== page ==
Greece and Turkey 2012


MYKONOS       10-1-12

It is hard to tell anyone that you are going to the Greek Isles without them asking if you are going to Mykonos. It is the mental picture everyone seems to have of a Greek Isles with square houses, whitewashed buildings, intensely blue doors and window frames, narrow winding streets, windmills, seaside restaurants, the whole nine yards. Mykonos

A couple of things we learned were interesting. The buildings are white because for hundreds of years the residents white washed their structures inside and out with lime. Happily for them, lime was an excellent disinfectant. Today local law requires that the buildings be white. Anything that's wood, like window frames and doors, can be painted any color. The predominant colors are in the blue range: sapphire, teal, and turquoise, but you can also see muted red and green with a sprinkling of yellow.

MykonosThe square building shape comes from the fact that it doesn't rain a lot on the island and water is scarce. The flat roofs are shaped to collect any rain, which then gets stored in water cisterns. The streets are said to have been built intentionally narrow and winding to confuse pirates who might invade the city. The streets were also laid out so that those which do not face the waterfront (and the wind) are somewhat protected from the wind.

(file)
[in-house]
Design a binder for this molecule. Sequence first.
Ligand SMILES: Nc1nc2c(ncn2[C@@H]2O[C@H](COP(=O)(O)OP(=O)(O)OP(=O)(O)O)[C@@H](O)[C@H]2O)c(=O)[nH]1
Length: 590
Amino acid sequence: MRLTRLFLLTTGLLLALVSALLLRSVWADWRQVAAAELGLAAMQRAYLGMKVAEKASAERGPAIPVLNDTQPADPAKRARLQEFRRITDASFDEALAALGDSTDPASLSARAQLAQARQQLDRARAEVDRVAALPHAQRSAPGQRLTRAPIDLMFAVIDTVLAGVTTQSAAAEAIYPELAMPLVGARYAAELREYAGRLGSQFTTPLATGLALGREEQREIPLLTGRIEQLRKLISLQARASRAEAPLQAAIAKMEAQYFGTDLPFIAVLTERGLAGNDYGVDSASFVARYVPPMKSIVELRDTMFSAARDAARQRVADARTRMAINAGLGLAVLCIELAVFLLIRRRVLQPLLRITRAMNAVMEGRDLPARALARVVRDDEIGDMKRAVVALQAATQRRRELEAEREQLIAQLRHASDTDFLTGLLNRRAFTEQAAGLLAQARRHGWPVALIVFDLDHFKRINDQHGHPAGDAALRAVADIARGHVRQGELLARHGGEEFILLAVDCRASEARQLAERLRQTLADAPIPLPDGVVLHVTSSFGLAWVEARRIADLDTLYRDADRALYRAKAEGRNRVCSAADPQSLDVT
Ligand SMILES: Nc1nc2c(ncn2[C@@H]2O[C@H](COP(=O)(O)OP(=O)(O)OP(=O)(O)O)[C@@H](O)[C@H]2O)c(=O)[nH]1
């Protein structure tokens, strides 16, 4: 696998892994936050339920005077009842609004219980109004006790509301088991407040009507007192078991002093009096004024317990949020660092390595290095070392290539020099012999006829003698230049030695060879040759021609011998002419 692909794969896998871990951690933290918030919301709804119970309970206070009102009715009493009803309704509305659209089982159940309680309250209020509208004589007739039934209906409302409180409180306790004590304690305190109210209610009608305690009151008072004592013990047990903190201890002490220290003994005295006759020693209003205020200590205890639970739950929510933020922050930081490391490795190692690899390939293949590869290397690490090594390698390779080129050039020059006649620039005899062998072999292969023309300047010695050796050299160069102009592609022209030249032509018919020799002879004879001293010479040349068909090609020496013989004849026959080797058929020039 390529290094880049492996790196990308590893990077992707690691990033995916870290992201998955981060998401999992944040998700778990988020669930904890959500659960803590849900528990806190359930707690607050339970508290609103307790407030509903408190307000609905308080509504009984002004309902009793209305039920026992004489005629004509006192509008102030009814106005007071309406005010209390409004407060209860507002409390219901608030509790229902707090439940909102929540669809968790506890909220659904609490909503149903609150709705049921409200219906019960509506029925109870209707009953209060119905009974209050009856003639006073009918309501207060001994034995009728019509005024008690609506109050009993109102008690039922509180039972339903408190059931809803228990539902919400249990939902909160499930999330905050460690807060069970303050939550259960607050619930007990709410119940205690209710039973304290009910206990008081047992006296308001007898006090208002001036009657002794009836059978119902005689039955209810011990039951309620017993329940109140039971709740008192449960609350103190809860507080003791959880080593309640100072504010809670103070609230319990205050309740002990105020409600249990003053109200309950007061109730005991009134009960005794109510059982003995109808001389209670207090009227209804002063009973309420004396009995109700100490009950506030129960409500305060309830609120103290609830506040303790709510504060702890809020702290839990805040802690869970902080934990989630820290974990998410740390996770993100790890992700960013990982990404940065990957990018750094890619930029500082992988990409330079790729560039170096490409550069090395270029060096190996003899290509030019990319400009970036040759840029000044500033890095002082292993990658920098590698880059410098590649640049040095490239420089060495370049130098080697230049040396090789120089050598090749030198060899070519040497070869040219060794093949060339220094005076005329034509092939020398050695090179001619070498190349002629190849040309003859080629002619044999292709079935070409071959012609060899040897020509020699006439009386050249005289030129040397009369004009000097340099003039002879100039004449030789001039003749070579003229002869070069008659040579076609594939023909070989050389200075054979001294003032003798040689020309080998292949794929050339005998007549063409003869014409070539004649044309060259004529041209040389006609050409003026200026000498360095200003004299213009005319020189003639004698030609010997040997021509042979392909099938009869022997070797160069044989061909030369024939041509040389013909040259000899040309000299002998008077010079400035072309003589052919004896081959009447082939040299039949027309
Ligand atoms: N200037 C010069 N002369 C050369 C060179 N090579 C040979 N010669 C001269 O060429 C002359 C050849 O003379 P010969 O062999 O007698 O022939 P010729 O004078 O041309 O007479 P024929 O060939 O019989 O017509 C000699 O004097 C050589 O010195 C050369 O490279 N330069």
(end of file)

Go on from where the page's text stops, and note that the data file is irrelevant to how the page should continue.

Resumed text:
But speaking of wind, not well advertised is the WIND. It blows from morning to night and is welcomed by the residents as nature's air conditioning. Without the wind, on the few days it happens, the air is still, hot, and humid. With the summer's north wind, the air is dry and tolerable.

There are churches and chapels everywhere (Greek Orthodox) - over 1,000 in all and they are interspersed with the homes and shops. We saw a number of examples where the tables of the outdoor restaurants went almost to the front door of the church.

Mykonos (Click to enlarge)The windmills are almost all gone. There is that frequently photographed group of five (a sixth is there but only the tower part; the blades are gone) but none of them is operable. On the hill around the town there's still a windmill here and there, but not all that many are left. Our guide showed us one windmill tower (no blades) which she said an American had purchased in the 1950's and turned into a home. It may be a delightful home inside but it had only a few windows and those were very small.

The overall ambiance of Mykanos is of a place that has seen better days as a quality tourist and jet set location. Shops everywhere sell much the same items and there's a cafe every few feet on the waterfront. How they all stay in business is a mystery.

Our guide told us that it is the custom in Greece, on the first of every month, to wish each other "kalomina". It means, "have a good month". So, everyone, KALOMINA!

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